By Greg Peel
The Dow fell 40 points or 0.3% while the S&P lost 0.2% to 1722 as the Nasdaq gained 0.2% on a 1.6% gain for Apple.
No one would have groaned louder yesterday on hearing the Fed's anti-decision than RBA governor Glenn Stevens. Now that the dust has settled, plenty on Wall Street are suggesting that no, they weren't actually expecting the Fed to taper given the US data had eased off somewhat since June. On that basis it would seem the Fed's non-move is justified but Stevens would no doubt have been hoping the Aussie dollar was about to fall (on a stronger greenback) without any required assistance from monetary policy.
Weaker data aside, the other primary suggestion is that the Fed tested the bond market waters by hinting at tapering just to see what the response might be. The US ten-year yield was around 2% in June but shot up to 3% on tapering expectations. This was perhaps too strong for the Fed, while a move to only 2.5% might have been tolerated, it has since been suggested. The opportunity was there, nevertheless, for the Fed not to be seen as deliberately confusing markets and simply tapering by a small amount and suggesting that will do for now. Bernanke pointed out yesterday he never confirmed the Fed would start tapering but by letting Wall Street think exactly that, his silence was providing implicit confirmation. Or so everyone thought.
Now talk is that maybe tapering won't even be considered until next year, under a new chairman. But you can bet your bottom dollar markets will be debating, yet again, every other day from here on. The response on Bridge Street yesterday was to push the ASX 200 to a new post-GFC high, following the lead of the S&P 500's run to a new all-time high. Cyclicals led the way. The materials sector was the winner with a 2% plus gain. Energy, industrials, banks and consumer discretionary all added around 1%. Defensive sectors managed moves of only 0.5% or less, except consumer staples, which remained flat.
The good news is the slight corrective pullback on Wall Street last night has seen the US dollar index rebound 0.3%, and the Aussie fall 0.8% to US$0.9442. Bridge Street carried on yesterday like a stock market discounting above-trend Australian GDP growth, when in fact GDP growth is below-trend and falling. An Aussie back above 95 is a potential death knell, except that Bridge Street now expects the RBA will have to cut again ? if not next month then definitely on Cup Day, which is becoming a bit of a tradition. Asset bubble?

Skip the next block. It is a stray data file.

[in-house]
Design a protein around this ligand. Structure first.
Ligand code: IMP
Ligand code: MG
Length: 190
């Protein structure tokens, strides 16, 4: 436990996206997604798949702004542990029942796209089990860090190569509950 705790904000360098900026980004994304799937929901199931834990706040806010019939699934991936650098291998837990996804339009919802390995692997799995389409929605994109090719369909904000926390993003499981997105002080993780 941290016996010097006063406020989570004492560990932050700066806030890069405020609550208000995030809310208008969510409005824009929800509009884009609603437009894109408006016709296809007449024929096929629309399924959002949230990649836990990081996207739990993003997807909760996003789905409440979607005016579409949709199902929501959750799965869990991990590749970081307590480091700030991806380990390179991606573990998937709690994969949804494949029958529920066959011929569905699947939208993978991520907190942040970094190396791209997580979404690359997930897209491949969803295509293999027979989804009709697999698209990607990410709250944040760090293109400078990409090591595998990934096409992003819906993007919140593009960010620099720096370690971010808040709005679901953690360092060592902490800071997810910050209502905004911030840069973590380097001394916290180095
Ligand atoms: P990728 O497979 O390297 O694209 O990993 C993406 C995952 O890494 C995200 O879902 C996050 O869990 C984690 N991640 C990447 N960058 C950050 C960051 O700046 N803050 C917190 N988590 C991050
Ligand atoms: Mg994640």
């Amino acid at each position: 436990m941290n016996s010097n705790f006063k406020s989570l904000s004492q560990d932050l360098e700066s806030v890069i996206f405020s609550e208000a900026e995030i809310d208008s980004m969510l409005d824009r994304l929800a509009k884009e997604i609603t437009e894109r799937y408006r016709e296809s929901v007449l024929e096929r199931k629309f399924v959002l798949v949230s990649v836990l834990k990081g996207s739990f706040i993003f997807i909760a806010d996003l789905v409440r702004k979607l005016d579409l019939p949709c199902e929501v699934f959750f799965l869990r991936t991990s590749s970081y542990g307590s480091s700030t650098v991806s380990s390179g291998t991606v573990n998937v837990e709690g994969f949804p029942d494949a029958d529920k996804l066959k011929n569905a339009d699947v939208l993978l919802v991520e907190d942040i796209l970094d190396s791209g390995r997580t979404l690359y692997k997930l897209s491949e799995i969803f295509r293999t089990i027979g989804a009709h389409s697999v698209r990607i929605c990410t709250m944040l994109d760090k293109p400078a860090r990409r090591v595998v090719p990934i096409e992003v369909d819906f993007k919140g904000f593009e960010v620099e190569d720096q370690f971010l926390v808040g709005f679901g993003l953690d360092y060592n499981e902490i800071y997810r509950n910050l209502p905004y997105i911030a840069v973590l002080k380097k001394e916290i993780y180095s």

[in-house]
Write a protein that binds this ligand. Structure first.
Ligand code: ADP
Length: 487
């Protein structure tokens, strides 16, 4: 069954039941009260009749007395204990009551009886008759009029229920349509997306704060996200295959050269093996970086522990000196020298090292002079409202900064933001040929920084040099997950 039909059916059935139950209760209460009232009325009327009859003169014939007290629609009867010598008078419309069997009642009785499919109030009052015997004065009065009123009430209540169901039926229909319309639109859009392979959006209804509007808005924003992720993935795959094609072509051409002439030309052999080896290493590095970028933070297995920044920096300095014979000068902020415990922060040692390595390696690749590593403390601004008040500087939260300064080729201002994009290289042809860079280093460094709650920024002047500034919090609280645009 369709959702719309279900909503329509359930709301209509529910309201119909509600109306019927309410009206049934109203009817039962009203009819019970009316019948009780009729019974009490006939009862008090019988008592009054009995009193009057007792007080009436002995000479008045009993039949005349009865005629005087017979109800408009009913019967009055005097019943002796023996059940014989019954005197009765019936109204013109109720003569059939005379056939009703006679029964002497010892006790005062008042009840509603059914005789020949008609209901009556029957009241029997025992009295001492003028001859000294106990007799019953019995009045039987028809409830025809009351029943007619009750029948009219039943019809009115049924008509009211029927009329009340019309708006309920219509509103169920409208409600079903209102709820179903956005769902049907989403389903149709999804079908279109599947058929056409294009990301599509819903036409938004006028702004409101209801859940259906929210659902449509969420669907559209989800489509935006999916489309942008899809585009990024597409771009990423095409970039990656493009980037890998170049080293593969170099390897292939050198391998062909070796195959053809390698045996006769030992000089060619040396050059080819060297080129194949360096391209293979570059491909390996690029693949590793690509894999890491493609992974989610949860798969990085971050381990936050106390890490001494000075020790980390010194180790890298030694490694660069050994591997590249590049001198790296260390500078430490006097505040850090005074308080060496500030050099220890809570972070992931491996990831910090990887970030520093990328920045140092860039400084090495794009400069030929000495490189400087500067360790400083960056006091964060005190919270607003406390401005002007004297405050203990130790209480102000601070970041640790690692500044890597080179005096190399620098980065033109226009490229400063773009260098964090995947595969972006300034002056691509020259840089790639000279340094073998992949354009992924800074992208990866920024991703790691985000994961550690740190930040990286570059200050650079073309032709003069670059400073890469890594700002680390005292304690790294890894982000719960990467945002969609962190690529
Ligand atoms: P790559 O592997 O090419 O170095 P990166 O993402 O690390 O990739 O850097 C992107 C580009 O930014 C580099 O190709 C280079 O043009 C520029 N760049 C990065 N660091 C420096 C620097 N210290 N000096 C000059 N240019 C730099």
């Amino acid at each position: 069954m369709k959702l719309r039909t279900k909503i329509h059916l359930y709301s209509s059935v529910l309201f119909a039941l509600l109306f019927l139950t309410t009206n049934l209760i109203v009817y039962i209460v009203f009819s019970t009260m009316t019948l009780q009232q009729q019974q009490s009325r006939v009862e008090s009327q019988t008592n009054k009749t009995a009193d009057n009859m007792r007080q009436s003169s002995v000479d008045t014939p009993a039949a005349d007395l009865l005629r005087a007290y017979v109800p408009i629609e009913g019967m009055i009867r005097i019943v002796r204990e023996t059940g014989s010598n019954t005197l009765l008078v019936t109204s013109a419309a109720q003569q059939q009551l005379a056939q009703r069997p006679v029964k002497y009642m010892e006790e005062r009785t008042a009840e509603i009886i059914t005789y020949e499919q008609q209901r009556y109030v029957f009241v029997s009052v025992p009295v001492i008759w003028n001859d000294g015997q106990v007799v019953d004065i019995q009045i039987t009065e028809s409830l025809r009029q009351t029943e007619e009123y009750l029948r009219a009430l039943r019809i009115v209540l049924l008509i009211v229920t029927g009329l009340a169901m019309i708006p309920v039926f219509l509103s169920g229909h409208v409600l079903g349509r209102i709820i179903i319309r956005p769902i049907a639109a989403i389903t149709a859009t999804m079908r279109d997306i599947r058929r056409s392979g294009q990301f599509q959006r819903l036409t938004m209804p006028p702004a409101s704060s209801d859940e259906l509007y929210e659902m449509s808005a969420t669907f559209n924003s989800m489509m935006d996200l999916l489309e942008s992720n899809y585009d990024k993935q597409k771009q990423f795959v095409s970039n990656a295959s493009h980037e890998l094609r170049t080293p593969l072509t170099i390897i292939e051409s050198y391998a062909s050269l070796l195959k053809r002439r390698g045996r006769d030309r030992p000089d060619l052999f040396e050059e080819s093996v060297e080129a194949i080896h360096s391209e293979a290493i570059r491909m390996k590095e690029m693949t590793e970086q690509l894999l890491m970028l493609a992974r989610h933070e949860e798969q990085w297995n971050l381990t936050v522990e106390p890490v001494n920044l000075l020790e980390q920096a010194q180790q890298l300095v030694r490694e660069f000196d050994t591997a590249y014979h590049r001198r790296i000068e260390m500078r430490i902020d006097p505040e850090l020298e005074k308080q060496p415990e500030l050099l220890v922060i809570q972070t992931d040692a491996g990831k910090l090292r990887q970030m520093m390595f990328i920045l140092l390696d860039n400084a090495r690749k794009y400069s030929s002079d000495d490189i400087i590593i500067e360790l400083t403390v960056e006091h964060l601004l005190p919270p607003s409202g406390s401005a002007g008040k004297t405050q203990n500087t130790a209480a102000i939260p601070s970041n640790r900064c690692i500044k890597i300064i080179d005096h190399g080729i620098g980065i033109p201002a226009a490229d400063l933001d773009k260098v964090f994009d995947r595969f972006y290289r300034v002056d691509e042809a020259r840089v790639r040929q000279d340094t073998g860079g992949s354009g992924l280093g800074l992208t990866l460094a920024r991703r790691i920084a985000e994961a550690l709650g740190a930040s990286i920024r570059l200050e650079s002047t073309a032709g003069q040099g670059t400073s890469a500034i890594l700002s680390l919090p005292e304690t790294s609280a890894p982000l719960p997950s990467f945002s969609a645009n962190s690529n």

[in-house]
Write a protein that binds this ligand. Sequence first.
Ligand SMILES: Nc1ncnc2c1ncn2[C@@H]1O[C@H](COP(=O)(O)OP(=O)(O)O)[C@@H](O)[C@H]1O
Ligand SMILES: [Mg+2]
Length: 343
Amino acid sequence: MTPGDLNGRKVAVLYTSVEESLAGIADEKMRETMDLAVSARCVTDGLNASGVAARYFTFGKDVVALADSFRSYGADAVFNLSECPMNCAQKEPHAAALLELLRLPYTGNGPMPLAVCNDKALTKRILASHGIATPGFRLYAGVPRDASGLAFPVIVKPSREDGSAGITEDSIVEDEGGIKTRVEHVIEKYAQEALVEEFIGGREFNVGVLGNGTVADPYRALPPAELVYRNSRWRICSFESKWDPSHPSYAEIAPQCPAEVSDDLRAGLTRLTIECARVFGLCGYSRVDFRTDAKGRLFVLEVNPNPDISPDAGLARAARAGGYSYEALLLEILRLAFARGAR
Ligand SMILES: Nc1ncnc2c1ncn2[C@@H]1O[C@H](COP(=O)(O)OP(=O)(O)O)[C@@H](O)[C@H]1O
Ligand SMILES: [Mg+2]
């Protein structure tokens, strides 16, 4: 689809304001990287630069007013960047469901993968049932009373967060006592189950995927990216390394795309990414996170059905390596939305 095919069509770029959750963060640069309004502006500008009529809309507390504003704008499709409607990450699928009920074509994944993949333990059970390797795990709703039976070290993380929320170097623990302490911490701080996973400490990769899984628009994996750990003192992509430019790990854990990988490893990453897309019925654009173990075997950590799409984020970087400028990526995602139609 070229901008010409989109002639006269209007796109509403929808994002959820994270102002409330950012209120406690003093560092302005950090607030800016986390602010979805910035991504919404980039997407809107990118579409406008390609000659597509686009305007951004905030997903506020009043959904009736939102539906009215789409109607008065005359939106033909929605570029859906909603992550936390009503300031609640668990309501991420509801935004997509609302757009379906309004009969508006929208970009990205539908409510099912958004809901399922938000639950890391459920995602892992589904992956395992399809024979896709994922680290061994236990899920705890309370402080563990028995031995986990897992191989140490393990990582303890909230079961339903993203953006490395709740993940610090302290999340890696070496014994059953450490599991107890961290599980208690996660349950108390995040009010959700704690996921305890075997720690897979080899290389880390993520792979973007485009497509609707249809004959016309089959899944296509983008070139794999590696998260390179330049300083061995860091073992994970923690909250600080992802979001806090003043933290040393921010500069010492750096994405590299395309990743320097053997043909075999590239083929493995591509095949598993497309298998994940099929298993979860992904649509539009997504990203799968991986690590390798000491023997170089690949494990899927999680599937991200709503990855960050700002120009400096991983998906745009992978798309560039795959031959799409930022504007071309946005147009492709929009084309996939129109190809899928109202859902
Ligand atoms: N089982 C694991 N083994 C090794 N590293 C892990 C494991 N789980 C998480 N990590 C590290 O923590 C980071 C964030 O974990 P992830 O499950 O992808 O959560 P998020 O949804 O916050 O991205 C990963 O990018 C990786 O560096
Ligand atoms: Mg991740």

Ongoing Fed QE is good for commodity prices, and good for emerging market investment, which in turn flow through to strength in Australian resources stocks. The gain in the materials sector yesterday confirmed this, as did last night's moves on the London Metals Exchange. The roller door was just coming down on the LME on Wednesday night just as the Fed statement was issued, so last night's trading provided the true, delayed reaction. Aluminium, copper and lead rose 2%, nickel 3% and tin and zinc 1%. China is on holidays, so spot iron ore is unchanged at US$131.70/oz.
Over on the ICE and the Nymex, oil traders were able to sleep on Wednesday's night's big rebound in crude prices. The Fed not tapering meant a slower than assumed economic recovery, they realised. Bugger. Last night Brent fell US$1.99 to US$108.68/bbl and West Texas fell US$1.66 to US$106.41/bbl, all but reversing Wednesday night's gains.
Having leapt fifty bucks on Wednesday night, last night gold was steady at US$1366.30/oz.
The SPI Overnight fell 14 points or 0.3% on the new December front-month contract.
The question now is: How far can we run before it's too far? Will the absent retail money now appear, or will it be scared off by too high prices?
Today on Bridge Street has "Friday" written all over it. Get your lunch bookings in promptly. China is on holiday again. It's the quadruple witching expiry on Wall Street tonight. Oh and Angela Merkel is expected to waltz it in on Sunday. But then the Fed was expected to taper...